In Wayne Wang's star-driven adaptation of Mona Simpson's tragicomic bestseller
about a mismatched mother and daughter, fortysomething Adele August (Susan Sarandon) is every adolescent's nightmare: over- (or under-) dressed, always and loudly "on," forgetful of mundane matters such as bills, more colorful kid than reliable mum. In contrast, 14-year-old Ann (Natalie Portman) yearns for stability, roots, understated hues. Transplanted from Wisconsin small town and extended family to a Beverly Hills, California, address of choice for American Dreamers like Adele, Ann comes painfully of age--sometimes blighted but also enriched by the fictions of a charismatic parent afraid to be alone in the dark.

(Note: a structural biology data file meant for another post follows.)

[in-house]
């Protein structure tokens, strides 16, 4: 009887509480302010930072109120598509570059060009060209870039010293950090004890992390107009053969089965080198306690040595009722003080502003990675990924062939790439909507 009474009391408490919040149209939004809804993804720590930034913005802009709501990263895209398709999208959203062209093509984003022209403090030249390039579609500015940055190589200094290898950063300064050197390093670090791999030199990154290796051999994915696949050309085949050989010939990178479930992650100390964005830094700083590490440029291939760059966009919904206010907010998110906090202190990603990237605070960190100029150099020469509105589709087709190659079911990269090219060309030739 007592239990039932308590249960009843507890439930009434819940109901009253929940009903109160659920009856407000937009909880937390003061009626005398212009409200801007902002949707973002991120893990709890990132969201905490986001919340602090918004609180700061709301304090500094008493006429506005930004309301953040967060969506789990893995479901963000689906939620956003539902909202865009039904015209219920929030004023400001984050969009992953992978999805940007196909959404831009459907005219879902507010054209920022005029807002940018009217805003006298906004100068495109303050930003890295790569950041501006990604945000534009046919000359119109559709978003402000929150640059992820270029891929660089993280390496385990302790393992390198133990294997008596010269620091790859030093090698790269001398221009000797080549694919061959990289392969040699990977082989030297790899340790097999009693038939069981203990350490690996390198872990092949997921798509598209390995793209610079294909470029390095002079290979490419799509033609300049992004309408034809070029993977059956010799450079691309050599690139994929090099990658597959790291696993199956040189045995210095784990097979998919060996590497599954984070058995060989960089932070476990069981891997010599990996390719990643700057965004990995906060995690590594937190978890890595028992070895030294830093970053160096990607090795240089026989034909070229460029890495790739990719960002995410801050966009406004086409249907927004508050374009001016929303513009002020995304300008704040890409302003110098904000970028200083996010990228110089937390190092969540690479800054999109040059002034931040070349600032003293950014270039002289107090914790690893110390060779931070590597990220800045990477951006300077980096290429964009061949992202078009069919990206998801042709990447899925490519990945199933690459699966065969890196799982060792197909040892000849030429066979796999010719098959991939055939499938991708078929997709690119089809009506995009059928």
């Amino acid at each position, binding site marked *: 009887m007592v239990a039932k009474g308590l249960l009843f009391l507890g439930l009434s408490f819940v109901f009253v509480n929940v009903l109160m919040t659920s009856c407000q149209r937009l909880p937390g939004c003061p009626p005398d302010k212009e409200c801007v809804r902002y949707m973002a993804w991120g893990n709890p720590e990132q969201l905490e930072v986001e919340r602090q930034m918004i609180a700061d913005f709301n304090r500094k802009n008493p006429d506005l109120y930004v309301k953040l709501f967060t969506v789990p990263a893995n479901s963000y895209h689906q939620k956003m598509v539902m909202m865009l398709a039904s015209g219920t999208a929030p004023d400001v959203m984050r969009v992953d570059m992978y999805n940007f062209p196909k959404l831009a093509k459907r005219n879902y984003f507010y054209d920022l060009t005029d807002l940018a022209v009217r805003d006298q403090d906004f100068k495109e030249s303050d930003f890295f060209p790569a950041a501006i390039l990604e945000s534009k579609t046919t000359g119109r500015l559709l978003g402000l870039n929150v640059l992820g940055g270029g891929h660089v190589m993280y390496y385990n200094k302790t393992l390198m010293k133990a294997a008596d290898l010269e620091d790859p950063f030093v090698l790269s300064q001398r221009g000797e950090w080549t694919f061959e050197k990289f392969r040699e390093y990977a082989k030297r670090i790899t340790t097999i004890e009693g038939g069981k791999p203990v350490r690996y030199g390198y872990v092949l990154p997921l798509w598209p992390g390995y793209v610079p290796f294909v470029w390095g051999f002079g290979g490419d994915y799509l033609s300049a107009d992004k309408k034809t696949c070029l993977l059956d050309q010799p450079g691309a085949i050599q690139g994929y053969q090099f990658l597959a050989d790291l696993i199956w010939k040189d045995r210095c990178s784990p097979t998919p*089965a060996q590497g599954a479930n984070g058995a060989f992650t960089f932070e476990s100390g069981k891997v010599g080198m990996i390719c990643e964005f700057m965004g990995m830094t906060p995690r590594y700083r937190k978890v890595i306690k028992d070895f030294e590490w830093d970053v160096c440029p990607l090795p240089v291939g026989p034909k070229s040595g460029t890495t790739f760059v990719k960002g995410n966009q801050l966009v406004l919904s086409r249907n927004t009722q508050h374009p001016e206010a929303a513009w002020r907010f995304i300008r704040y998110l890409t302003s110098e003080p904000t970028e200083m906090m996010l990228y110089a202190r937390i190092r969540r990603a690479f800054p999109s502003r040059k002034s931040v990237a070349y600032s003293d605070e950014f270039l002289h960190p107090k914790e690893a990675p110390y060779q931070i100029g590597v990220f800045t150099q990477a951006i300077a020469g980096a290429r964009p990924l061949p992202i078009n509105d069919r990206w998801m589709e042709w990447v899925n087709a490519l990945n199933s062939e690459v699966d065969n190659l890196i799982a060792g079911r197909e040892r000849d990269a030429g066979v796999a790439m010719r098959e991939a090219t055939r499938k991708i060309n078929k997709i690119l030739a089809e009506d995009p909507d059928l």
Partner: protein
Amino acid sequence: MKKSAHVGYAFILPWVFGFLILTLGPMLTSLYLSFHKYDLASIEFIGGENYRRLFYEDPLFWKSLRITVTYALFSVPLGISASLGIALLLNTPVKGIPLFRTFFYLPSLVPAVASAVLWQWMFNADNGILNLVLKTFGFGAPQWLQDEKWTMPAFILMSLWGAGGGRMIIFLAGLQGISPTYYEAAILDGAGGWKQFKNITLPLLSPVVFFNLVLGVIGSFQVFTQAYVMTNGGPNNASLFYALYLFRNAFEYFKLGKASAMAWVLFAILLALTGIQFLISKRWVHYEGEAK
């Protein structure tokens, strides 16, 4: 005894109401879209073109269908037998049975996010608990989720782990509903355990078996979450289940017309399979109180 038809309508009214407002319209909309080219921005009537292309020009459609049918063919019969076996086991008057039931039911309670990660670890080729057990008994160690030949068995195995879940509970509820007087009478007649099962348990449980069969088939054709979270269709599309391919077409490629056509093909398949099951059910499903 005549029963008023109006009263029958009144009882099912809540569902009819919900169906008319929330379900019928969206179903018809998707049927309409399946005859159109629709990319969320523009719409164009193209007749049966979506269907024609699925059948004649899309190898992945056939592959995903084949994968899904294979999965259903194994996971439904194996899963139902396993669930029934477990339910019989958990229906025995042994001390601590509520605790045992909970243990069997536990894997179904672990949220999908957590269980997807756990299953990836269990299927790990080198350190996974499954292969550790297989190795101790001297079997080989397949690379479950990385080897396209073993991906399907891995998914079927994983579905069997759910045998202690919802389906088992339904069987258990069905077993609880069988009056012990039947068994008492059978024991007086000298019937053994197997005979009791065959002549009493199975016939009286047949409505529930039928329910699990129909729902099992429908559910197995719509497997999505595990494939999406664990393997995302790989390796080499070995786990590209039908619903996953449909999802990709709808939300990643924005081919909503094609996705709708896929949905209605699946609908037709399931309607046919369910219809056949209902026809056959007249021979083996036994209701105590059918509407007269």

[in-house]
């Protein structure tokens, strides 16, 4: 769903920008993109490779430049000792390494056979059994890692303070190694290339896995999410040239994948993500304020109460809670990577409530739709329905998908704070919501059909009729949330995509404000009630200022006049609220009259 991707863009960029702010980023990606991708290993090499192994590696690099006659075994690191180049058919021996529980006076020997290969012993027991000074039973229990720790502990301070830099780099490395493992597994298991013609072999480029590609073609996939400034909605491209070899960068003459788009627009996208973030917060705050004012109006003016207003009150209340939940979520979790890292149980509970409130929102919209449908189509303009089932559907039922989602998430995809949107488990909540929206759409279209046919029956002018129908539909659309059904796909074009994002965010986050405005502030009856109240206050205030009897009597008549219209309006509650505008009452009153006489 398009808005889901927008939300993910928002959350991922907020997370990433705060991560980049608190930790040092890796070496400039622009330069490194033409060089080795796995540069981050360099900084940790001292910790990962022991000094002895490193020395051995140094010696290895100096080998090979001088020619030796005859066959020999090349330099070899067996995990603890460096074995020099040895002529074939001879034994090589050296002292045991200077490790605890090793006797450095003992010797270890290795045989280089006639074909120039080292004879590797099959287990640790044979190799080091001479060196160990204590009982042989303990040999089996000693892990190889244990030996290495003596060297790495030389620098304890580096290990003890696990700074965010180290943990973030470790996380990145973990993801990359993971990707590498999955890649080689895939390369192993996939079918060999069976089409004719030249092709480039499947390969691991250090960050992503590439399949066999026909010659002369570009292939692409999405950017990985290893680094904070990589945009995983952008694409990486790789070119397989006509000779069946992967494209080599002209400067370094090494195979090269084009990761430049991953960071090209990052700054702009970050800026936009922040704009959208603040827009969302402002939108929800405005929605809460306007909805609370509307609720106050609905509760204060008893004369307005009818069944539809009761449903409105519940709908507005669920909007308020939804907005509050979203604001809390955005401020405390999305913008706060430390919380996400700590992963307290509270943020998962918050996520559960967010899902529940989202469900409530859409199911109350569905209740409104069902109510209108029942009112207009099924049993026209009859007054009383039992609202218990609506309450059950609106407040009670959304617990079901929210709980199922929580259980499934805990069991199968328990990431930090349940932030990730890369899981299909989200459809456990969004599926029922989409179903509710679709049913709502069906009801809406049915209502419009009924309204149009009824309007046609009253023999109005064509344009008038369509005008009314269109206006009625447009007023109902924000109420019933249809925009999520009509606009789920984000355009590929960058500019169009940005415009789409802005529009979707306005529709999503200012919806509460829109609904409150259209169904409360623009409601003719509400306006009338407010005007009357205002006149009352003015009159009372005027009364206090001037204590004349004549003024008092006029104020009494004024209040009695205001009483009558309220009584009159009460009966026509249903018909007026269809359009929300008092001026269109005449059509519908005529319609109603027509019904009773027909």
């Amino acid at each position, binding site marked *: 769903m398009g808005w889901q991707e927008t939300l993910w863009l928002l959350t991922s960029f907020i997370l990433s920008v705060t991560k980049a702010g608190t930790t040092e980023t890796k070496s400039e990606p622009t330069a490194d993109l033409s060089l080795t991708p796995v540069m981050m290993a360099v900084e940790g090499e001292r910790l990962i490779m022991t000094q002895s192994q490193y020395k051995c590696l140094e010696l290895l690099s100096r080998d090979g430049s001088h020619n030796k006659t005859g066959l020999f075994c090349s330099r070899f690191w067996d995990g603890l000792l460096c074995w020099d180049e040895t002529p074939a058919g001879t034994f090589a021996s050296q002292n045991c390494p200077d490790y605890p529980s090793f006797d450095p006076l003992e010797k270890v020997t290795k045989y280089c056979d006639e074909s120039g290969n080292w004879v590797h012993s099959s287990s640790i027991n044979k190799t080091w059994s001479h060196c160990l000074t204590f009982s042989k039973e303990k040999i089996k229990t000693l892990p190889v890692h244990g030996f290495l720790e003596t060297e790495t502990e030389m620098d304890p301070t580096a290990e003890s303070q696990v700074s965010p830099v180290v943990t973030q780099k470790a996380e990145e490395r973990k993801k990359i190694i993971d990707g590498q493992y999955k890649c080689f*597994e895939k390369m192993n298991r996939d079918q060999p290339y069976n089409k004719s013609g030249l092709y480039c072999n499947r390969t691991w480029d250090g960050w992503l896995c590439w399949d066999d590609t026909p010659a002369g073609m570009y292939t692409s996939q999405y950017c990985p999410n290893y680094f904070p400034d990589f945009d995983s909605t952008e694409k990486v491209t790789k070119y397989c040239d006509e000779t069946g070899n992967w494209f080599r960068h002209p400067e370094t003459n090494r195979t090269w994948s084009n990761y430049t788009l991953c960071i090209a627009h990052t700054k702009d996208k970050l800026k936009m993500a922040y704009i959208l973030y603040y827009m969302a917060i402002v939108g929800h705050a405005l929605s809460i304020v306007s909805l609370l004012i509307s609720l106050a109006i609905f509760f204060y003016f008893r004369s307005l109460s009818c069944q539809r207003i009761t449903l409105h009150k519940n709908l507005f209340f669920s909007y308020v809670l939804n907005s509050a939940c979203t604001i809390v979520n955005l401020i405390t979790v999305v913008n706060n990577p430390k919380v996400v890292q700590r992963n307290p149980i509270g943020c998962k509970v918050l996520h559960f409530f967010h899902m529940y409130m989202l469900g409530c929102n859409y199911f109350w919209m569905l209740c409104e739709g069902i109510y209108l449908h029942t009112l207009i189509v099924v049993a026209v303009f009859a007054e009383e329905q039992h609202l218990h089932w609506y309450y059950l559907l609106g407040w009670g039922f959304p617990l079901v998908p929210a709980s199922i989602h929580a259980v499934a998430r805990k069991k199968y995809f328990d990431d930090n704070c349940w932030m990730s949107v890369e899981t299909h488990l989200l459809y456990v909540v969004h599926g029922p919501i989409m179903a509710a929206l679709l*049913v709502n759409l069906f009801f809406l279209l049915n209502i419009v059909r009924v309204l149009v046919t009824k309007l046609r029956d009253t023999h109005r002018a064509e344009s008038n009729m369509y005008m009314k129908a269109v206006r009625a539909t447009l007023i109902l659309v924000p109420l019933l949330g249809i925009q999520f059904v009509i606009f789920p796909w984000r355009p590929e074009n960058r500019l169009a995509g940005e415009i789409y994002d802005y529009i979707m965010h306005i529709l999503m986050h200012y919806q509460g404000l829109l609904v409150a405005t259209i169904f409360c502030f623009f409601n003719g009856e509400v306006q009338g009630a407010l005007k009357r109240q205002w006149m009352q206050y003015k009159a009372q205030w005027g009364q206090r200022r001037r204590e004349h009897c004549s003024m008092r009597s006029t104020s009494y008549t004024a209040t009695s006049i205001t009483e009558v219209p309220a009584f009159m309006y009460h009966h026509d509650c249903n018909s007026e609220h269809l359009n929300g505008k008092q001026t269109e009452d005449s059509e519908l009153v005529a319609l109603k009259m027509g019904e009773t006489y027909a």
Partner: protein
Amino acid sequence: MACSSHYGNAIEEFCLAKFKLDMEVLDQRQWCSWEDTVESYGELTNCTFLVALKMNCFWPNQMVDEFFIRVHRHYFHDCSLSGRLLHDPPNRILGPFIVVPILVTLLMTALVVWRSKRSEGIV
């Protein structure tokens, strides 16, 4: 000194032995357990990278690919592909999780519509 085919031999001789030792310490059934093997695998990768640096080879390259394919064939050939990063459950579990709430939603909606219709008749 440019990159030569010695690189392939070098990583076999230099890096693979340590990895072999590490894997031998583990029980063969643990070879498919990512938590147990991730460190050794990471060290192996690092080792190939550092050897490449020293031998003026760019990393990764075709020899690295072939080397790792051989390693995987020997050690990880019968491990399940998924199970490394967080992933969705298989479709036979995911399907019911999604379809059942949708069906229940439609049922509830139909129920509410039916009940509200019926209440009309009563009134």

Wang has always shown a sure, caring hand when it comes to cross-generational angst (see Dim Sum: A Little Bit of Heart, The Joy Luck Club, Smoke). Here, he encourages Sarandon in a remarkably brave, exposed performance as an aging adventuress whose imagination continually outstrips her ability to make dreams come true, whose charm is both her ticket to ride and a dead end. Portman's pout of strained adolescent distaste soon wears thin, but when The Phantom Menace's kabuki princess momentarily thaws, she projects a lost child's terrible shock and confusion. Hollywood-sized and scripted by the numbers, Anywhere but Here lost ground to Tumbleweeds, a similarly themed but more nuanced indie (with Oscar-nominated Janet McTeer), and it can't hold a candle to Barbara Stanwyck's Stella Dallas (1937), top of the line in this particular genre. But for any daughter who's looked into her mother's face and--yikes!--seen a possible future, this trip's definitely worth taking. --Kathleen Murphy